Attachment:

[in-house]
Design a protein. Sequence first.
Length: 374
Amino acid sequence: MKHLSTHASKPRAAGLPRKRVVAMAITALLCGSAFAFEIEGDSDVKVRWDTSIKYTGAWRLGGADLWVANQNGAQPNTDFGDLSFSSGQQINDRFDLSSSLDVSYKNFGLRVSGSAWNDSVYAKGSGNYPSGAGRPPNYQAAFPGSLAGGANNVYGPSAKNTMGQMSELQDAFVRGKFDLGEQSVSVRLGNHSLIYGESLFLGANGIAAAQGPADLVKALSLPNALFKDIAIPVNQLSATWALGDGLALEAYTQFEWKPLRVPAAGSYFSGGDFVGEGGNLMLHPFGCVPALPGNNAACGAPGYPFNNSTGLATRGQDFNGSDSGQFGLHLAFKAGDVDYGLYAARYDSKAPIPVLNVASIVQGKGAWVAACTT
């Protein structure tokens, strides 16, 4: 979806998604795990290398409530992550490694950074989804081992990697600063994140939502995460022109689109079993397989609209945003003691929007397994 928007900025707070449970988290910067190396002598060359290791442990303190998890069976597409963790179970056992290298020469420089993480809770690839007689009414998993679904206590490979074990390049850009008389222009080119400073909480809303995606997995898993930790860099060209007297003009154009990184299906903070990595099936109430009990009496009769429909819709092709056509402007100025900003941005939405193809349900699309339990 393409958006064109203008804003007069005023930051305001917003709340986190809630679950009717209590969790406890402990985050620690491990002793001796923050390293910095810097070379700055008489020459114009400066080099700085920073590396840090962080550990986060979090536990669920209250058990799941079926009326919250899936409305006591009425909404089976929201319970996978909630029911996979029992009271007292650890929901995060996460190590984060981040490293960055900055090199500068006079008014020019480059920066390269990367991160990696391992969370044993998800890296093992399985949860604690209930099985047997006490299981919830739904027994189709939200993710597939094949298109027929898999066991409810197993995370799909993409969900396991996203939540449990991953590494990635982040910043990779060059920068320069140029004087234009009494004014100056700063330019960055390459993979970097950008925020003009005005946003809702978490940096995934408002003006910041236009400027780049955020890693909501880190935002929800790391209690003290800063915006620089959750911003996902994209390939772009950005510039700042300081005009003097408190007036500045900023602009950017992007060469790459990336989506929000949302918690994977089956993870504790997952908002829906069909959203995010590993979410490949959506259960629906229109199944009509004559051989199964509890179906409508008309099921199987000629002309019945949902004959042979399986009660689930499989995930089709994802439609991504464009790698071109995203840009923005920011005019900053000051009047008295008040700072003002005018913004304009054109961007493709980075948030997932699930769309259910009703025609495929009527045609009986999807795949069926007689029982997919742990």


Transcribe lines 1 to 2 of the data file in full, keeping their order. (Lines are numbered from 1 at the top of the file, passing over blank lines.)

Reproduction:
[in-house]
Design a protein. Sequence first.